The good transition is probably one of the most difficult exercises in the art of dressage. Regardless of the level, you never get around it. So you just have to keep at it until the technique becomes your second nature. Here we dive into the transition as a general training phenomenon. This means that you can use the techniques regardless of whether you ride the horse from walk to trot, from canter to walk or any other transition. With the editorial staff´s best advice, we try to help you make all your transitions as good as possible.
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THE BASICS OF A GOOD TRANSITION
Basically, there are five things you can work on to make a better transition. The key words are: the horse must be in front of the helpers. There has to be a good contact between horse and rider. Remember plenty of energy. But at the same time the horse must also be relaxed – and then it must be straight.
1. In front of the helpers
The horse must be in front of the helpers. This means that it must be quick to respond to your signals and respond promptly when you ask for something. If it is not in front of the helpers, ask a bit extra of it until it gets works more in the shoulders and back. If it does not respond, then you have to make the pressure even greater until it responds quickly. In short, you need to have the feeling that your horse is walking in front of you. But that it also waiting for you. Only then are you ready to make a good transition.
2. Keep the contact with your horse
The contact between you and your horse is of great importance. The horse must constantly feel that you are present. Both with your hands, weight and your legs from the thighs til your ancle. This does not mean that you have to sit stiff. You do not jerk the horse in the mouth or constantly give it a dot in the side. You just have to work with it; push it forward a bit, make a half halt and then it has suddenly also made a quick transition. The horse just needs to feel that you are there – so it is ready to react.
3. Energy is vital
The constant contact with the horse will also help to ensure that the horse retains energy. Even if it is a transition that goes down in “gear”, for example from canter to trot. Energy is important because it helps to get the horse moving forward again after the transition. And then it also applies – as most people are fortunately fully aware – that everything you train from exercises on a horse requires energy. If the horse lacks energy, it will also not be able to move forward in front of the helpers, and then the bearing that the horse so badly needs in a transition is basically lost.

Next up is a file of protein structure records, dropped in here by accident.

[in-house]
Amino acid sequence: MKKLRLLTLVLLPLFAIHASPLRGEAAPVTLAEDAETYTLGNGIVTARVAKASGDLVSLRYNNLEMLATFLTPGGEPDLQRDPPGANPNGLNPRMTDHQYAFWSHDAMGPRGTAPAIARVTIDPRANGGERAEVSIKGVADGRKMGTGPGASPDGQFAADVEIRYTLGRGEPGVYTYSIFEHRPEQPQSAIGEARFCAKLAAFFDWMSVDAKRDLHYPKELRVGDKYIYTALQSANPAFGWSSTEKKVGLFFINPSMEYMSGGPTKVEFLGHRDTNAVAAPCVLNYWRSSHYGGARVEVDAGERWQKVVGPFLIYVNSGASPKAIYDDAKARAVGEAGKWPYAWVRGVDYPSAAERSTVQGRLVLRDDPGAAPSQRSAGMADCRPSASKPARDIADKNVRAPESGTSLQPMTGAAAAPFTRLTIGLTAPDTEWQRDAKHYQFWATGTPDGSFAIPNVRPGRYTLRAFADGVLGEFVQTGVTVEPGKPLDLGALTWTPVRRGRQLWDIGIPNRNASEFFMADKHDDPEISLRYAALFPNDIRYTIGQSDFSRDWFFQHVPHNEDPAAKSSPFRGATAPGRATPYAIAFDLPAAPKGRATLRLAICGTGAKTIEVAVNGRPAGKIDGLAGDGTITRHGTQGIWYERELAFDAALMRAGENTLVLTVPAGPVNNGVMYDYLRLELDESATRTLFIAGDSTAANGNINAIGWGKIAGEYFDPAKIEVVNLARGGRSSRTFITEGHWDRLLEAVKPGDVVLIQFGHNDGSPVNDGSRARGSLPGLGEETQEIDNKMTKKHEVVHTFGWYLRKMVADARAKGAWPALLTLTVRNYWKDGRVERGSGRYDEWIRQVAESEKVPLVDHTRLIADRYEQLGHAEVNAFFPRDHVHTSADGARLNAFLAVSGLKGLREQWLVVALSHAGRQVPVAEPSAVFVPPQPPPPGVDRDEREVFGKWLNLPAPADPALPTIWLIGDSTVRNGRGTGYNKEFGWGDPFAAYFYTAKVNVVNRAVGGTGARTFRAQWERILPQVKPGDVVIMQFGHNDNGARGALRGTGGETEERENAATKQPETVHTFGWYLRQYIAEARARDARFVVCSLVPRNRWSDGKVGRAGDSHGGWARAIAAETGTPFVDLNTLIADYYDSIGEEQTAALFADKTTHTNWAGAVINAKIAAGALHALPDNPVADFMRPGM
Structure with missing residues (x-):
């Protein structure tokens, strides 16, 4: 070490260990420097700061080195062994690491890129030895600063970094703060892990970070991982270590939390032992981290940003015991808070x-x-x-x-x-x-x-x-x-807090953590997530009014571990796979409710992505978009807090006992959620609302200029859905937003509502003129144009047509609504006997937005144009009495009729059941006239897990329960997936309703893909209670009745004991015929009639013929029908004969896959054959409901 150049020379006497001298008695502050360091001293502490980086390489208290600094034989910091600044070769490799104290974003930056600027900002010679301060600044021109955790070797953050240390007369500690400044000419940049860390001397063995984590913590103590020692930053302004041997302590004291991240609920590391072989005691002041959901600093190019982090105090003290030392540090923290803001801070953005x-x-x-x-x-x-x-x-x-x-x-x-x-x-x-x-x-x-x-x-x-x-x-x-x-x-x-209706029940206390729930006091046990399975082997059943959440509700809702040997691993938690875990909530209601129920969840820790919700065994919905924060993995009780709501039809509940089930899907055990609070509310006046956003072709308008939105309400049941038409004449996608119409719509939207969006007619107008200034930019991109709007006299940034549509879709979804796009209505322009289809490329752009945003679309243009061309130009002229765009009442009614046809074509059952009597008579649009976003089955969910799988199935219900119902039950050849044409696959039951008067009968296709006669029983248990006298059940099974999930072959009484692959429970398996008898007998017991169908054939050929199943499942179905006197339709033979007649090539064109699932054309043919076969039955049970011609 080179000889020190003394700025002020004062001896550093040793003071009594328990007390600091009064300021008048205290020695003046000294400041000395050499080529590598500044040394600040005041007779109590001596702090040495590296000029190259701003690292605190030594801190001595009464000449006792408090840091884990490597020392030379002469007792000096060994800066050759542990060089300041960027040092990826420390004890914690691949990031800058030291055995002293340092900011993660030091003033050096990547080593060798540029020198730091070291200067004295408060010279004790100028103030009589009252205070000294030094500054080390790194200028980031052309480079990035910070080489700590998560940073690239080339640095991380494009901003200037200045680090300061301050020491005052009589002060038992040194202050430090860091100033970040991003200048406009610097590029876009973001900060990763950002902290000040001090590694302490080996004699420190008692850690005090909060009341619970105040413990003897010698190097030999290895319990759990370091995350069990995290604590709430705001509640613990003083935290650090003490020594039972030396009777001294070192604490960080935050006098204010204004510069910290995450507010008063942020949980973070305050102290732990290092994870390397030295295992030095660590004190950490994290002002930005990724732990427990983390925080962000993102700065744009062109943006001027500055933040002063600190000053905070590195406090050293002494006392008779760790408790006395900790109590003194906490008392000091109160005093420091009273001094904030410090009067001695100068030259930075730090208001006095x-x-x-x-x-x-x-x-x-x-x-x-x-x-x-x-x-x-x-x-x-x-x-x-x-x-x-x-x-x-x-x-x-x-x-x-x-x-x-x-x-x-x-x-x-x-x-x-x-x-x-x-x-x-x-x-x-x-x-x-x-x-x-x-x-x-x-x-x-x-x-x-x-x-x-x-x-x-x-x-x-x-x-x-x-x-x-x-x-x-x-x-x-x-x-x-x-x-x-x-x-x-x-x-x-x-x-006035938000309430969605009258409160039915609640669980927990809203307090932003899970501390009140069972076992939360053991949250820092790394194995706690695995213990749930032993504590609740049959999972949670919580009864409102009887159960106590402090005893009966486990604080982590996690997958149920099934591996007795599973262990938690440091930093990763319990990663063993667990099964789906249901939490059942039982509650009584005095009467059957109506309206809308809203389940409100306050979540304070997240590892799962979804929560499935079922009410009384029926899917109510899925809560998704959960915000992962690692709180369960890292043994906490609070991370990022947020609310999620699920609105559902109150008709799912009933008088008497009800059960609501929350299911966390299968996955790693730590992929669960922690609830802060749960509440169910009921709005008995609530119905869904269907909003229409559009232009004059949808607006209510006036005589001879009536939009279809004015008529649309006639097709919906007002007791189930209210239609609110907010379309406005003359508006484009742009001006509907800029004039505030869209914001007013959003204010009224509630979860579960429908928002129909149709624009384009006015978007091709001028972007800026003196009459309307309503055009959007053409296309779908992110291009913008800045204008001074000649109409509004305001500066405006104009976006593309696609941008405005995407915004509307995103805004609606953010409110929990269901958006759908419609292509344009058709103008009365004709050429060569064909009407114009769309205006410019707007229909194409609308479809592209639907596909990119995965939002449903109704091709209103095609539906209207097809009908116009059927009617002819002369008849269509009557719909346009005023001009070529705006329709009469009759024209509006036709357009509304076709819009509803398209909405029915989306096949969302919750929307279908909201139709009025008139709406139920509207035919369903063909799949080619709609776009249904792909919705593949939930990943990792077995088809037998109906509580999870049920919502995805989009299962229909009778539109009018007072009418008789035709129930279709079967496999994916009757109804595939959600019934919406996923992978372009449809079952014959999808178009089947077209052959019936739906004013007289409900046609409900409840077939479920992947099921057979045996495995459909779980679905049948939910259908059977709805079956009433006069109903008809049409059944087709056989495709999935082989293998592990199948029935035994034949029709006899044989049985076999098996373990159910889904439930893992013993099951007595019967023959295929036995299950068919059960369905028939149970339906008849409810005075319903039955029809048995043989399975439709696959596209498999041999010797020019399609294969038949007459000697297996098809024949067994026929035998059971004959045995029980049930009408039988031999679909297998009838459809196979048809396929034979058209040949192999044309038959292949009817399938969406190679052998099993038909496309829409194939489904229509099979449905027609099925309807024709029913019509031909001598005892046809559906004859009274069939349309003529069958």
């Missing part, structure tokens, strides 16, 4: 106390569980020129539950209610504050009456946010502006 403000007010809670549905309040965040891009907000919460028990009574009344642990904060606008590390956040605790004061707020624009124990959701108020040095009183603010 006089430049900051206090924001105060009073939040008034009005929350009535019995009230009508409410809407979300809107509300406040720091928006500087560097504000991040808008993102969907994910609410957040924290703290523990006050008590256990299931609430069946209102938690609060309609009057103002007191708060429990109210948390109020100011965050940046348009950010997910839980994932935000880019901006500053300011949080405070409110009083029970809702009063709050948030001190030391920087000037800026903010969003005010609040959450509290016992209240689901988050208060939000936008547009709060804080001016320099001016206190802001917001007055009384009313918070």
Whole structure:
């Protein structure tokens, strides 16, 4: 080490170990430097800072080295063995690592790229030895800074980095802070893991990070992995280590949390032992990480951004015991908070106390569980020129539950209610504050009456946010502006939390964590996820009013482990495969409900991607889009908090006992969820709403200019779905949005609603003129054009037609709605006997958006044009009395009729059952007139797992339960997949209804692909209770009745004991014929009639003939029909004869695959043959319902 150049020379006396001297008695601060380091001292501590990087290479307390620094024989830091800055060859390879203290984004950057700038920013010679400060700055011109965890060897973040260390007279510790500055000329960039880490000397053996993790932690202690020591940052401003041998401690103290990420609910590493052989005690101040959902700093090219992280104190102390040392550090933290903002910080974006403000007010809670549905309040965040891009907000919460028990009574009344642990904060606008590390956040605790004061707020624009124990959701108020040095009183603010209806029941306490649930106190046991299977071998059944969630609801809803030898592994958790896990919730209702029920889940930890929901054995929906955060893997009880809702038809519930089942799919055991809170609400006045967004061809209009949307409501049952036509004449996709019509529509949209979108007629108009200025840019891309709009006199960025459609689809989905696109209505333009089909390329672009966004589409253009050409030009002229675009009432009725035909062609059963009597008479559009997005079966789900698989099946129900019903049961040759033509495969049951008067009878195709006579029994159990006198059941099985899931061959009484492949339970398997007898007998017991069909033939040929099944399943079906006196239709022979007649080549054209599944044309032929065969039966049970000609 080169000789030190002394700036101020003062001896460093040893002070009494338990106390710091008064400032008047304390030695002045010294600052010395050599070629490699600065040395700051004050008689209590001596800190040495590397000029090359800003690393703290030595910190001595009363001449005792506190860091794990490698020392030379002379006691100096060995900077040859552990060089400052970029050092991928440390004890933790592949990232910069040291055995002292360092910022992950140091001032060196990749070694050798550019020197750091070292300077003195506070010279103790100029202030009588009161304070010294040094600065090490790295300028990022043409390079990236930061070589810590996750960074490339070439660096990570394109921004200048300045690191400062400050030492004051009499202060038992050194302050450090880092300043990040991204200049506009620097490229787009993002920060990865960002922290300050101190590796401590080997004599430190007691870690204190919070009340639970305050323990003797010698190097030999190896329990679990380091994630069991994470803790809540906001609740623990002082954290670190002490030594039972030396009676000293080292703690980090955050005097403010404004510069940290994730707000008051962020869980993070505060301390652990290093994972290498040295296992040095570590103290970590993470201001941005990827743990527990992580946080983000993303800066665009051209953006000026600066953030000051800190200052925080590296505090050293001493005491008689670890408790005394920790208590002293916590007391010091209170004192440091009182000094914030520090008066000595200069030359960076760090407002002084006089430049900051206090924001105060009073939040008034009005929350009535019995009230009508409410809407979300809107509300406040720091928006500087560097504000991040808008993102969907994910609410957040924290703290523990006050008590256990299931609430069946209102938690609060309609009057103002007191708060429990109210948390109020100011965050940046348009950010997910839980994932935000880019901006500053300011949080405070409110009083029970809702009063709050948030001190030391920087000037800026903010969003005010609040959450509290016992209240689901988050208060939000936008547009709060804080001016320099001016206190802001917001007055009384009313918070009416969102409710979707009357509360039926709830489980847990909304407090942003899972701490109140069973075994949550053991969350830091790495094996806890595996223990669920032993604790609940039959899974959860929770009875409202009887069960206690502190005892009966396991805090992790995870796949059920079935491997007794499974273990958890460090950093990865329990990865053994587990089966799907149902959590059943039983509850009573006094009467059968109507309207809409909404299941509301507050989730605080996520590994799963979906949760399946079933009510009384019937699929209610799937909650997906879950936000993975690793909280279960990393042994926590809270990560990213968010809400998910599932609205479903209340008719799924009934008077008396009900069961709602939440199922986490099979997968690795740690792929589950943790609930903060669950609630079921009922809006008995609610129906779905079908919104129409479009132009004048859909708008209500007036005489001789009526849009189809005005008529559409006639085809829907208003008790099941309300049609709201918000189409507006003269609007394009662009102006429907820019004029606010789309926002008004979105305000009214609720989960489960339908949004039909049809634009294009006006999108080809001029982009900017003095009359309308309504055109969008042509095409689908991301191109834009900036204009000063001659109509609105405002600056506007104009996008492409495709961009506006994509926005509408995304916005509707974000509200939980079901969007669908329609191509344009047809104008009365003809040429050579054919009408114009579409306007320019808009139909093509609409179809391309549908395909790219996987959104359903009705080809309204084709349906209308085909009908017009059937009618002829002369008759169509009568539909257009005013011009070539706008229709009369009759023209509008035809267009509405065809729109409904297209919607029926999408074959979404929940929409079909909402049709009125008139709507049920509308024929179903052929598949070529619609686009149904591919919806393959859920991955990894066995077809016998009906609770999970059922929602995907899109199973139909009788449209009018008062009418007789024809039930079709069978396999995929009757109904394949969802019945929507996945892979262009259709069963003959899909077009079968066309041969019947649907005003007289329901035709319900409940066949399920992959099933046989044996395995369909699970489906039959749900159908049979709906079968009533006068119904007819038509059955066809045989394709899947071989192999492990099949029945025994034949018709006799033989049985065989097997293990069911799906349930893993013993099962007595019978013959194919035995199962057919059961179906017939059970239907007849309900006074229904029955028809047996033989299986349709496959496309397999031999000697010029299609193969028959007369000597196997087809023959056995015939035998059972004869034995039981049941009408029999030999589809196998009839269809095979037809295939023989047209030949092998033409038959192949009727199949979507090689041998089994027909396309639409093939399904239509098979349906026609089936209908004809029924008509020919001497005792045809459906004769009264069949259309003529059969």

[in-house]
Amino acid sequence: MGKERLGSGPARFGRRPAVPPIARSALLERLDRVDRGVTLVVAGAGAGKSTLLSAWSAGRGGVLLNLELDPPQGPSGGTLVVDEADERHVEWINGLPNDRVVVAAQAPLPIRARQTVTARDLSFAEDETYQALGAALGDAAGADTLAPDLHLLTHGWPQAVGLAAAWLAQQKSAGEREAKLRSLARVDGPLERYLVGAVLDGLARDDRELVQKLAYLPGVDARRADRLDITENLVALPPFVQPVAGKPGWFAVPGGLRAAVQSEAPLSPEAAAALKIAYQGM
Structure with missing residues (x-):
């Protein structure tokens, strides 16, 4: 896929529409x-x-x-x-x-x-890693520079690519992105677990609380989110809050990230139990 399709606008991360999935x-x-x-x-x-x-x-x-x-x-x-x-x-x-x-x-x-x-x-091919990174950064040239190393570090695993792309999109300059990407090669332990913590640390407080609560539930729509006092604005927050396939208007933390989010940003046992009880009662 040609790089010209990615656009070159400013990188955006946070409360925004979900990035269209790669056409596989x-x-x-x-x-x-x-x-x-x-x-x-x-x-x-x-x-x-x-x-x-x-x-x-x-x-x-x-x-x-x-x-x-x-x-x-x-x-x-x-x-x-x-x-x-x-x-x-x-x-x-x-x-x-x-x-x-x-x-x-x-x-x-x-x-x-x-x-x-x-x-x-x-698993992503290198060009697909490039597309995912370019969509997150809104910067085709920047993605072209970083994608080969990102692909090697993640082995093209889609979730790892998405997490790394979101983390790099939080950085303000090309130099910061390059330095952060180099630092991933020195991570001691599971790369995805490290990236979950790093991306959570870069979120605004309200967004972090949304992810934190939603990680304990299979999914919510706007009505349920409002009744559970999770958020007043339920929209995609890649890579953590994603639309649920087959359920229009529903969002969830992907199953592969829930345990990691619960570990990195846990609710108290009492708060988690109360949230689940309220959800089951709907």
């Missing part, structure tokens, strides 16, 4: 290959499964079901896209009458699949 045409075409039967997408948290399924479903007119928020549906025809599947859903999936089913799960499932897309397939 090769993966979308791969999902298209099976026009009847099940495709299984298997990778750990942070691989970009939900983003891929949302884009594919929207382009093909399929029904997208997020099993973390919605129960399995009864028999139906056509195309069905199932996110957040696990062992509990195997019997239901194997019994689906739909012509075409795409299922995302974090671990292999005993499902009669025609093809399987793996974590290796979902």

4. Relaxation must be in place
However, the fact that the horse must be energetic in the transitions does not mean that it should be tense. On the contrary, it should be as relaxed as possible, and so should the rider. A transition becomes 100% nicest and looks both more beautiful and effortless if it is done as relaxed as possible. It is important that the horse uses the moment at which it makes the transition to relax and exhale. You only achieve this relaxation if the horse is generally relaxed during the ride. And here it is strangely enough energy that must be put into the fiery horse to make it relax better. Gymnastic work and a lot of half halts, while the horse is ridden forward, is usually what is needed.
5. Keep the horse on a straight line
Finally, there is the straightening. It is okay for the horse to be placed in the transition. But the hind legs must enter the track of the front legs, so the horse is straight in the back. Otherwise it will not be able to carry itself properly into the transition. This means that you can easily make a transition in a corner. This is often easier than doing it on the long side, if you just remember to keep your horse straight.
TRANSITIONS ARE ALL ABOUT THE FEW SECONDS
The trick is – that all of the above must be compressed into one movement that lasts a single second. That’s what makes the transition such a difficult exercise.
It is also about seconds when you have to try to correct your horse in the transition. If, for example, the horse misunderstands your signal and perhaps thinks that it should go all the way down in to walk instead of just going from canter to trot. Then in the second it hesitates, you should have time to tell it to stay ahead in trot. That is why you have to ride forward in a transition. Even if you are taking it down from one gait to another.
ANALYZE YOUR WAY TO A SOLUTION
Your horse might also think it should start cantering instead of trotting when you ask it to move forward. In that case, the trouble might lay in the touch or the relaxation. In other words – you should constantly try to analyze which of the above five factors is to blame for the problems you may be experiencing in working with the transitions.
Is the horse in front of your helpers? Is it energetic but relaxed? And are you as a rider able to keep the horse straight? Do you always make sure that you have good contact? Think it through when you ride – then you should be able to get better and better at those transitions.